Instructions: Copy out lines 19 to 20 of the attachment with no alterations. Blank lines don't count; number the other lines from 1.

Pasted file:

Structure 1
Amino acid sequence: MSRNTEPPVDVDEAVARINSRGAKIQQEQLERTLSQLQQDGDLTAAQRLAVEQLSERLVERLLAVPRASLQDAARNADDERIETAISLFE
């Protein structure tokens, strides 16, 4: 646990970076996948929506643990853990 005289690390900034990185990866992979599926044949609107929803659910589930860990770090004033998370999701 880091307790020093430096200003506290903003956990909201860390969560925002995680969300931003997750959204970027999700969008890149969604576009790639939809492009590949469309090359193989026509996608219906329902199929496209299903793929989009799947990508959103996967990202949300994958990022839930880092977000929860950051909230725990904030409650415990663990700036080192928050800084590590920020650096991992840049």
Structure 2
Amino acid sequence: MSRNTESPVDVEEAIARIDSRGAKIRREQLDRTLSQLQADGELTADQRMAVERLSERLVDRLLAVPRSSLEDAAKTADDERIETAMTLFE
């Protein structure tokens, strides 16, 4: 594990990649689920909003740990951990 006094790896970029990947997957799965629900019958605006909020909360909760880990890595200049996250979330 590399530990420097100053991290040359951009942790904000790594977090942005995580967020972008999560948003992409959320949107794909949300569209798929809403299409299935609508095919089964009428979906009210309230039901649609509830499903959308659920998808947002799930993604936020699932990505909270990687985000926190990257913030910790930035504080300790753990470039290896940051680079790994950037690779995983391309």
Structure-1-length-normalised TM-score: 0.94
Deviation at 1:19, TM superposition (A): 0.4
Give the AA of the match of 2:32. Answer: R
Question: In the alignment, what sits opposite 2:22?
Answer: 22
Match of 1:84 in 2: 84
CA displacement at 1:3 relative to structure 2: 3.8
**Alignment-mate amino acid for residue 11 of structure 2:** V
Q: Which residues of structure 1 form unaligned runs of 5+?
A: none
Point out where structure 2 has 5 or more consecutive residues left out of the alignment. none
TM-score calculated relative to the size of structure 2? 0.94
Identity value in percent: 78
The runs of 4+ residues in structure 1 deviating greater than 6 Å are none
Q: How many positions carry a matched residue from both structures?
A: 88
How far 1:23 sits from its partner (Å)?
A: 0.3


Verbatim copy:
Identity value in percent: 78
The runs of 4+ residues in structure 1 deviating greater than 6 Å are none